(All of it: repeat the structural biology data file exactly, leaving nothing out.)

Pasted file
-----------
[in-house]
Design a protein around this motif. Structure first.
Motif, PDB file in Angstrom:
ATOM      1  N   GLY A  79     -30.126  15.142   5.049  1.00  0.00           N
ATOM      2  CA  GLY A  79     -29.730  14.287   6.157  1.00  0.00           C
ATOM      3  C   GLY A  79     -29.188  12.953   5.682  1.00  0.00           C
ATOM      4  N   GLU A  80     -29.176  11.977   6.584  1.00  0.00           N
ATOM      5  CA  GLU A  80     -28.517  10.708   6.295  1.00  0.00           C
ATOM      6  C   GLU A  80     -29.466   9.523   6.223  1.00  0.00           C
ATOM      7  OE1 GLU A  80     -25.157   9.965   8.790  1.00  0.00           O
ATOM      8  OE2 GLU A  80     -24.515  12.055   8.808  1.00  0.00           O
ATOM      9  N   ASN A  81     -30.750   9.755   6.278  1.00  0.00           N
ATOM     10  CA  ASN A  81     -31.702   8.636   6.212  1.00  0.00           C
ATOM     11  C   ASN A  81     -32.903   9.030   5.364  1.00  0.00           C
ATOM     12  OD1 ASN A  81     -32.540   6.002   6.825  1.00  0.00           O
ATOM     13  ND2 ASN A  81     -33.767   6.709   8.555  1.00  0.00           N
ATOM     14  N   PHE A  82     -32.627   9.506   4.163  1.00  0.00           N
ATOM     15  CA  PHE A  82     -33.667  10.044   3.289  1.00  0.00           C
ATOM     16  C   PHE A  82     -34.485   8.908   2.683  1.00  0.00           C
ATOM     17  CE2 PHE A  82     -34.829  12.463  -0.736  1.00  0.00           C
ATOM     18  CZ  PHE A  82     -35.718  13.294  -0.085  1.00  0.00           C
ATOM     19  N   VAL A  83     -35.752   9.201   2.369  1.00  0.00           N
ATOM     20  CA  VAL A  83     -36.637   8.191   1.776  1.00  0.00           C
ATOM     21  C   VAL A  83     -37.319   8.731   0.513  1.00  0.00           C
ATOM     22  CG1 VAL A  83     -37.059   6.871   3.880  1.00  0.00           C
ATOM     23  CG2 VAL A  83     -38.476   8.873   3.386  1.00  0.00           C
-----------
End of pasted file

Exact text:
[in-house]
Design a protein around this motif. Structure first.
Motif, PDB file in Angstrom:
ATOM      1  N   GLY A  79     -30.126  15.142   5.049  1.00  0.00           N
ATOM      2  CA  GLY A  79     -29.730  14.287   6.157  1.00  0.00           C
ATOM      3  C   GLY A  79     -29.188  12.953   5.682  1.00  0.00           C
ATOM      4  N   GLU A  80     -29.176  11.977   6.584  1.00  0.00           N
ATOM      5  CA  GLU A  80     -28.517  10.708   6.295  1.00  0.00           C
ATOM      6  C   GLU A  80     -29.466   9.523   6.223  1.00  0.00           C
ATOM      7  OE1 GLU A  80     -25.157   9.965   8.790  1.00  0.00           O
ATOM      8  OE2 GLU A  80     -24.515  12.055   8.808  1.00  0.00           O
ATOM      9  N   ASN A  81     -30.750   9.755   6.278  1.00  0.00           N
ATOM     10  CA  ASN A  81     -31.702   8.636   6.212  1.00  0.00           C
ATOM     11  C   ASN A  81     -32.903   9.030   5.364  1.00  0.00           C
ATOM     12  OD1 ASN A  81     -32.540   6.002   6.825  1.00  0.00           O
ATOM     13  ND2 ASN A  81     -33.767   6.709   8.555  1.00  0.00           N
ATOM     14  N   PHE A  82     -32.627   9.506   4.163  1.00  0.00           N
ATOM     15  CA  PHE A  82     -33.667  10.044   3.289  1.00  0.00           C
ATOM     16  C   PHE A  82     -34.485   8.908   2.683  1.00  0.00           C
ATOM     17  CE2 PHE A  82     -34.829  12.463  -0.736  1.00  0.00           C
ATOM     18  CZ  PHE A  82     -35.718  13.294  -0.085  1.00  0.00           C
ATOM     19  N   VAL A  83     -35.752   9.201   2.369  1.00  0.00           N
ATOM     20  CA  VAL A  83     -36.637   8.191   1.776  1.00  0.00           C
ATOM     21  C   VAL A  83     -37.319   8.731   0.513  1.00  0.00           C
ATOM     22  CG1 VAL A  83     -37.059   6.871   3.880  1.00  0.00           C
ATOM     23  CG2 VAL A  83     -38.476   8.873   3.386  1.00  0.00           C